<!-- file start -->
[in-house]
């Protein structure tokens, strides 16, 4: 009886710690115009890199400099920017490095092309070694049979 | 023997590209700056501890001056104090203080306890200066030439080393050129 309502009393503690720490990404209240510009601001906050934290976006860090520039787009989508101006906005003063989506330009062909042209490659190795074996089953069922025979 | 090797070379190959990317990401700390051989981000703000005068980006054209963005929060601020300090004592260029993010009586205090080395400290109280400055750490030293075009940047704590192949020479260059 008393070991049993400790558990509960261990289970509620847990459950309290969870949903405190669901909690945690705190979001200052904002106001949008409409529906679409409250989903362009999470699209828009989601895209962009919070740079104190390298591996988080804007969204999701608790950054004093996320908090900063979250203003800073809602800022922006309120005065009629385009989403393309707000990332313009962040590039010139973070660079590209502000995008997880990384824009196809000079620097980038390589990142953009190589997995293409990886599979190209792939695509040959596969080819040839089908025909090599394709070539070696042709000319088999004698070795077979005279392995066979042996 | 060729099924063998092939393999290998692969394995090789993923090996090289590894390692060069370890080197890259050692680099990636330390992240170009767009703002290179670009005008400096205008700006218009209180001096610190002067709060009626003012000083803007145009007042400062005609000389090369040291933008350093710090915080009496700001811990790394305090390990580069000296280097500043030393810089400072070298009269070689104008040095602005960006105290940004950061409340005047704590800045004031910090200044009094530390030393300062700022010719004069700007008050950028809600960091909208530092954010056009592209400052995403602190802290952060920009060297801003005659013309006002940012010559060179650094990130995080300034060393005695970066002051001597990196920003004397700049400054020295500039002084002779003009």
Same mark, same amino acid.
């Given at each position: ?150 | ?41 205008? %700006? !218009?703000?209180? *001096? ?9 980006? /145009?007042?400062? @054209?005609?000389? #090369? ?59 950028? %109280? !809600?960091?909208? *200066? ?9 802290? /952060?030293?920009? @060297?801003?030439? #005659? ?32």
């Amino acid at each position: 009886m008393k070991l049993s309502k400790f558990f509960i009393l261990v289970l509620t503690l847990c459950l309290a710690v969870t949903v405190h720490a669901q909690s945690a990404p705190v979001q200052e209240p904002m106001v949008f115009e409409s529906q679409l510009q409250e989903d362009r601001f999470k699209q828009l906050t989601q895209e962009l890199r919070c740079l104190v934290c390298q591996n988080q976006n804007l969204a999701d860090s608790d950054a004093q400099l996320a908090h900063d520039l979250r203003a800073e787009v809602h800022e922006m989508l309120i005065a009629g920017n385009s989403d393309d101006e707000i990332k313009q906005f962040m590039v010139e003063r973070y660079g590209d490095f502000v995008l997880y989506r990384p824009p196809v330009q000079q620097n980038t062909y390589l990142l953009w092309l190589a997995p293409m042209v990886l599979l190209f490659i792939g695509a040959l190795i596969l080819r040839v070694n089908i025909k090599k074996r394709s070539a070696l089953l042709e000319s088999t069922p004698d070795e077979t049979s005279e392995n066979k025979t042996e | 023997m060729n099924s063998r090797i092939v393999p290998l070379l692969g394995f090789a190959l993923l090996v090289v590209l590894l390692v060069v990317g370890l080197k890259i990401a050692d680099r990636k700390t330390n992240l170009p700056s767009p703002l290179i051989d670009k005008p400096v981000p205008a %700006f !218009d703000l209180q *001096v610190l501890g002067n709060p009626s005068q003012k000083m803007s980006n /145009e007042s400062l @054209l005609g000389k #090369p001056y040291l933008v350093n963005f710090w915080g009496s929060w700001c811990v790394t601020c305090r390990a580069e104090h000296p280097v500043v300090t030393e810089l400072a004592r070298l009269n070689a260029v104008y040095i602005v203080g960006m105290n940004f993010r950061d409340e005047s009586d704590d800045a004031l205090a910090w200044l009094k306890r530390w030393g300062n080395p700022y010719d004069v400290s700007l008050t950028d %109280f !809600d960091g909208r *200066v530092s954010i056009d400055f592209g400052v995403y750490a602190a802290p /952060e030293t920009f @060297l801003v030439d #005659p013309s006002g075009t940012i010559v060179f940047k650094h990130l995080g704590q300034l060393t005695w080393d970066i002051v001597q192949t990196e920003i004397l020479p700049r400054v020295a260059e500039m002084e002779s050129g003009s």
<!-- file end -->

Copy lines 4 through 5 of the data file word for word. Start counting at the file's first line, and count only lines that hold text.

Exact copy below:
């Given at each position: ?150 | ?41 205008? %700006? !218009?703000?209180? *001096? ?9 980006? /145009?007042?400062? @054209?005609?000389? #090369? ?59 950028? %109280? !809600?960091?909208? *200066? ?9 802290? /952060?030293?920009? @060297?801003?030439? #005659? ?32």
């Amino acid at each position: 009886m008393k070991l049993s309502k400790f558990f509960i009393l261990v289970l509620t503690l847990c459950l309290a710690v969870t949903v405190h720490a669901q909690s945690a990404p705190v979001q200052e209240p904002m106001v949008f115009e409409s529906q679409l510009q409250e989903d362009r601001f999470k699209q828009l906050t989601q895209e962009l890199r919070c740079l104190v934290c390298q591996n988080q976006n804007l969204a999701d860090s608790d950054a004093q400099l996320a908090h900063d520039l979250r203003a800073e787009v809602h800022e922006m989508l309120i005065a009629g920017n385009s989403d393309d101006e707000i990332k313009q906005f962040m590039v010139e003063r973070y660079g590209d490095f502000v995008l997880y989506r990384p824009p196809v330009q000079q620097n980038t062909y390589l990142l953009w092309l190589a997995p293409m042209v990886l599979l190209f490659i792939g695509a040959l190795i596969l080819r040839v070694n089908i025909k090599k074996r394709s070539a070696l089953l042709e000319s088999t069922p004698d070795e077979t049979s005279e392995n066979k025979t042996e | 023997m060729n099924s063998r090797i092939v393999p290998l070379l692969g394995f090789a190959l993923l090996v090289v590209l590894l390692v060069v990317g370890l080197k890259i990401a050692d680099r990636k700390t330390n992240l170009p700056s767009p703002l290179i051989d670009k005008p400096v981000p205008a %700006f !218009d703000l209180q *001096v610190l501890g002067n709060p009626s005068q003012k000083m803007s980006n /145009e007042s400062l @054209l005609g000389k #090369p001056y040291l933008v350093n963005f710090w915080g009496s929060w700001c811990v790394t601020c305090r390990a580069e104090h000296p280097v500043v300090t030393e810089l400072a004592r070298l009269n070689a260029v104008y040095i602005v203080g960006m105290n940004f993010r950061d409340e005047s009586d704590d800045a004031l205090a910090w200044l009094k306890r530390w030393g300062n080395p700022y010719d004069v400290s700007l008050t950028d %109280f !809600d960091g909208r *200066v530092s954010i056009d400055f592209g400052v995403y750490a602190a802290p /952060e030293t920009f @060297l801003v030439d #005659p013309s006002g075009t940012i010559v060179f940047k650094h990130l995080g704590q300034l060393t005695w080393d970066i002051v001597q192949t990196e920003i004397l020479p700049r400054v020295a260059e500039m002084e002779s050129g003009s």